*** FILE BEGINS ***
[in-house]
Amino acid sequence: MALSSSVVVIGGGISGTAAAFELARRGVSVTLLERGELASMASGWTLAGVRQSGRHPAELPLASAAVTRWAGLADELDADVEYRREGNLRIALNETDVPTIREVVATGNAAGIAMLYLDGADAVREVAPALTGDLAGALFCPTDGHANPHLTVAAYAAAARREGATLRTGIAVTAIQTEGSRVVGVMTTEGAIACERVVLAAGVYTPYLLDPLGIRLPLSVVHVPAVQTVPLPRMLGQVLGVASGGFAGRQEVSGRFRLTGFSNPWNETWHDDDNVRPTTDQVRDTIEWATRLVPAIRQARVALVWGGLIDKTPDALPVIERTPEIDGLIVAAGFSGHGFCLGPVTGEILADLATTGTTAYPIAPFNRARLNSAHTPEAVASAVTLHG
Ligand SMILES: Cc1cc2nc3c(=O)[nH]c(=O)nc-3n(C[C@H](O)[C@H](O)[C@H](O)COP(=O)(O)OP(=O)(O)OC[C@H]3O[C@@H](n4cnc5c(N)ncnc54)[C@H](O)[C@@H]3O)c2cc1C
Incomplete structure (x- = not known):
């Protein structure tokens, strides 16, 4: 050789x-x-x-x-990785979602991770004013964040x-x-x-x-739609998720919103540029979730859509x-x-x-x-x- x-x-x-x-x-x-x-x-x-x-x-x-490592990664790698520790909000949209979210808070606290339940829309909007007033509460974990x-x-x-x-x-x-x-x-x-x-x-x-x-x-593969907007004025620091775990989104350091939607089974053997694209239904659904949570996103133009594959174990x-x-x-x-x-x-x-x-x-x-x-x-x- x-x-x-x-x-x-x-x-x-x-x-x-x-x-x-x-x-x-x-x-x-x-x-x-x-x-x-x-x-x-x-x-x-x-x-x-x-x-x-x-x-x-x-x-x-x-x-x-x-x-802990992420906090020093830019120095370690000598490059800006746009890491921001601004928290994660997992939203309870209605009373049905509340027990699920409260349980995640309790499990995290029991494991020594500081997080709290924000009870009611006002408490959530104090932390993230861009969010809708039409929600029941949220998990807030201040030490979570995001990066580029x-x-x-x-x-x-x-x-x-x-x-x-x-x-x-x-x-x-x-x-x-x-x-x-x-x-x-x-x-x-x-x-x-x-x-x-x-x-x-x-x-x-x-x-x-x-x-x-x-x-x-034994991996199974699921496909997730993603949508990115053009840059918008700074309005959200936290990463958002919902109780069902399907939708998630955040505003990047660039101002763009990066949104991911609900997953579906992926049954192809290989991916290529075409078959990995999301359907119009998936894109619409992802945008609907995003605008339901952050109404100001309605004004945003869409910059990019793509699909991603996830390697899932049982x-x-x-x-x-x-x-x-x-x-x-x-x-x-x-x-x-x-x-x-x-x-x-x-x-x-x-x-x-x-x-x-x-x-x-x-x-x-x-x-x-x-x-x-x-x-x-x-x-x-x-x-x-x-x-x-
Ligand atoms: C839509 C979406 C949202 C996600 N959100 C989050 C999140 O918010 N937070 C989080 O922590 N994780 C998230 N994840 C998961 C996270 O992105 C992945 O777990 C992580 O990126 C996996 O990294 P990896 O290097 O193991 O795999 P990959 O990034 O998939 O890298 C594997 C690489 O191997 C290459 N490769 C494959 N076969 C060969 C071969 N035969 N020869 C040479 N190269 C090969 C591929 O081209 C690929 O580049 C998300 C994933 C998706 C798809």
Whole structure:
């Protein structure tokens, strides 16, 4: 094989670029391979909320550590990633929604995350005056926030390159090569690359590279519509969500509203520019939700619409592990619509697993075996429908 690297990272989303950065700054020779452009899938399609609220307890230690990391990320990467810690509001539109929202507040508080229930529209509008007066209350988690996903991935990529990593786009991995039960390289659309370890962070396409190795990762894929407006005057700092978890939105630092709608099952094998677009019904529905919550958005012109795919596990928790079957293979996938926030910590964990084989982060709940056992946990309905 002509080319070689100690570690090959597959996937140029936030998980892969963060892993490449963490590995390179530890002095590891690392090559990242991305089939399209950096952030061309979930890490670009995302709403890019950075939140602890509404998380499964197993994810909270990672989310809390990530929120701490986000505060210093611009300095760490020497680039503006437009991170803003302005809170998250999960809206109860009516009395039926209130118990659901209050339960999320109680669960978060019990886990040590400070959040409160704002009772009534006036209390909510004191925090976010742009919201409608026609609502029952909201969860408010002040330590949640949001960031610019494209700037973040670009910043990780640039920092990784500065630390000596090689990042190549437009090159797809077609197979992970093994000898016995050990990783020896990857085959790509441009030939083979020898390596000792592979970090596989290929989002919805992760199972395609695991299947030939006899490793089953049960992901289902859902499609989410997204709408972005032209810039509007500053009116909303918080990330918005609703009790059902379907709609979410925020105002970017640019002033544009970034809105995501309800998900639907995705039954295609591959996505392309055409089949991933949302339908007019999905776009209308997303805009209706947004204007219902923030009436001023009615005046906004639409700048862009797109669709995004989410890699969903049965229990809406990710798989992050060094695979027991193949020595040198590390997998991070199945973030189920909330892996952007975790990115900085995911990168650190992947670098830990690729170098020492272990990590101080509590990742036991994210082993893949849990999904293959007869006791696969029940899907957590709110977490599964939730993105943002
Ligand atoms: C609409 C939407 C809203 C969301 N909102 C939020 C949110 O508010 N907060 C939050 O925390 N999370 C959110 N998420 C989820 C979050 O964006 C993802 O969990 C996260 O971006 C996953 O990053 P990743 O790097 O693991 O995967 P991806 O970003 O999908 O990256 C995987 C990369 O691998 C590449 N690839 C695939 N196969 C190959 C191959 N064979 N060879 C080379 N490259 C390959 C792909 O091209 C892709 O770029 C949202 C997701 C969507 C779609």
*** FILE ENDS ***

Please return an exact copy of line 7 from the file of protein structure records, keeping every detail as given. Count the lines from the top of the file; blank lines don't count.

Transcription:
Whole structure: